CLYBURN: Thanks for having me.

HAYES: Do you remember earlier this year there was a procedural vote in the Senate on raising the minimum wage to $15.00 an hour as a kind of test vote, and Kyrsten Sinema quite infamously recorded her no-vote like this, a gesture that was equal parts glib and substantively wrong, which seems to describe a lot of her political ethos.

Today, she`s got a new op-ed defending her position on the filibuster that is the written embodiment of the thumbs down moment. We will take it apart ahead.



SEN. MICHAEL BENNET (D-CO): Today in ways that were unimaginable to me when I was in college, except when I read it in the history books, anti- democratic forces are stronger than any time since Jim Crow. And it`s true. That`s a fact. What I was reading about in the 1980s about laws that had been fought against in the 1960s, there back.

There are 250 or so of these laws that are being passed. And by the way, not a single one of those is being passed with a Democratic vote, a vote from a Democrat, in 250 legislatures. And you know what else doesn`t exist in any one of those legislatures? The filibuster.


HAYES: That was Senator Michael Bennet, Democratic of Colorado, talking about how Republicans blocking access to the ballot has a kind of familiar ring to it. This was shortly before Senate Republicans blocked having a debate on the For the People Act Election Reform Bill.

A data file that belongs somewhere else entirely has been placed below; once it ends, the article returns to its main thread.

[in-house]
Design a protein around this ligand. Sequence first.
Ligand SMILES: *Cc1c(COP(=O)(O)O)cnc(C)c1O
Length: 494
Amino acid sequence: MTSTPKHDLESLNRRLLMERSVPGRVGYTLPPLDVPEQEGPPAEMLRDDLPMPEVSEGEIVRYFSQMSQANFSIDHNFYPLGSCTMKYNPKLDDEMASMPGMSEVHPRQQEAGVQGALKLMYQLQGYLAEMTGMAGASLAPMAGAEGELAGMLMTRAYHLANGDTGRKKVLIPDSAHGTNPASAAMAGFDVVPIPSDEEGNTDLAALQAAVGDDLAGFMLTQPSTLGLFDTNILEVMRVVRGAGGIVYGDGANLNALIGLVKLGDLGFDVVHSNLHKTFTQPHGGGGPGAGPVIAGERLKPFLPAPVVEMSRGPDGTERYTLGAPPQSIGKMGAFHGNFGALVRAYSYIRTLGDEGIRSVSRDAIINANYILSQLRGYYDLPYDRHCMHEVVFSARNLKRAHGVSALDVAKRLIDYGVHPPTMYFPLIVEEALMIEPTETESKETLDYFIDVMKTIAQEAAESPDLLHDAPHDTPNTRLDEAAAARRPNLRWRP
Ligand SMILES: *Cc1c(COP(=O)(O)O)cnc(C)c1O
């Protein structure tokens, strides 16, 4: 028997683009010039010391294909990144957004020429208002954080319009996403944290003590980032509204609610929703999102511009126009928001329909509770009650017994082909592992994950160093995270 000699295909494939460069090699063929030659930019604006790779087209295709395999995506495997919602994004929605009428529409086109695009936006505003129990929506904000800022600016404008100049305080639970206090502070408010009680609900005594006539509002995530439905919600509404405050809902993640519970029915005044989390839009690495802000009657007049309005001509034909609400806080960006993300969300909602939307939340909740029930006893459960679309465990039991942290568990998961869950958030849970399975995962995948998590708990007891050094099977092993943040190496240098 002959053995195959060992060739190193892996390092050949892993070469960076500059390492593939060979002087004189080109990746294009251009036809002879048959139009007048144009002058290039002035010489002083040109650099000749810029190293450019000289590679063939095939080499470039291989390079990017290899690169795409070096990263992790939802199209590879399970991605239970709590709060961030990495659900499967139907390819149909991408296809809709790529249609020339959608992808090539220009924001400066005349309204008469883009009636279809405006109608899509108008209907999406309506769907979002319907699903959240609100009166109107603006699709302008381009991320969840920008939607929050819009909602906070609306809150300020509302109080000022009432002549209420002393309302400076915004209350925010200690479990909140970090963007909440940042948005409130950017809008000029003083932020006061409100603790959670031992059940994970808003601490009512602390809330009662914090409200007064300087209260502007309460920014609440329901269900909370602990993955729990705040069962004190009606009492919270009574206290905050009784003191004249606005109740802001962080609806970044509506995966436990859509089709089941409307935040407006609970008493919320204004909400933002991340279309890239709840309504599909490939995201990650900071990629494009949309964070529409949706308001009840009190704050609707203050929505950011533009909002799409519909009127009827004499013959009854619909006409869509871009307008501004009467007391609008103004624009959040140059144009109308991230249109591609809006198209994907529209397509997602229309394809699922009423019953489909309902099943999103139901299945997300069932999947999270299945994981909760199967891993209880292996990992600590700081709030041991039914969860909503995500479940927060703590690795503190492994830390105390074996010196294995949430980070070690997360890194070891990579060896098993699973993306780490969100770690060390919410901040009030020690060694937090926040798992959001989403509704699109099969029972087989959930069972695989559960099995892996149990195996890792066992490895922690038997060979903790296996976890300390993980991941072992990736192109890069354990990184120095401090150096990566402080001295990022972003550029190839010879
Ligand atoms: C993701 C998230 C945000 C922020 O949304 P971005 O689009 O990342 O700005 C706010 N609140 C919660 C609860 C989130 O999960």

Now, there are advocates, there are lawyers who`ve been working on voting rights issues for decades, both legislatures and in the courts. And Sherrilyn Ifill, the President and Director-Counsel of the NAACP Legal Defense and Education Fund is one of the most prominent. In fact, she filed an amicus brief before the Supreme Court in January and in critical case concerning section two of the Voting Rights Act. That case has yet to be decided. And she joins me now.

I wanted to start with you Sherrilyn on the -- on the history here which Bennett alluded to and which Chuck Schumer alluded to, which I`ll play in a moment. But it really does seem to me that people don`t really know this history. And none of it scans unless you do, unless you understand this core fight as Congressman Clyburn referred to in the -- in the 15th amendment, and then the Voting Rights Act that has been going on around voter access, and bringing about multiracial democracy for the duration of the country`s history.

SHERRILYN IFILL, PRESIDENT AND DIRECTOR COUNSEL, NAACP LEGAL DEFENSE AND EDUCATION FUND: Yes, I want to even go a step further than I heard Representative Clyburn go and I heard you reference, Chris, both the 14th and the 15th amendments to the Constitution being passed not on a bipartisan basis at all, with the votes of only one party.

But I want to -- I want to just draw attention to the structure of the 14th and 15th amendment, both of which include enforcement clauses that give Congress the power to enforce the provisions of the amendment. Why did they do that, Chris? They did it because they knew, the framers of the 14th and 15th amendments knew very well that white supremacists at the state level would continue to try to subvert the full citizenship of black people.

And so, they gave Congress the power to enforce the 14th Amendment, which ensured that black people were citizens and entitled to equal protection of the laws and the 15th Amendment which prohibits denial of the right to vote based on race. So, this is Congress` power. And it`s from that power that, of course, Congress has the power to pass something like the Voting Rights Act.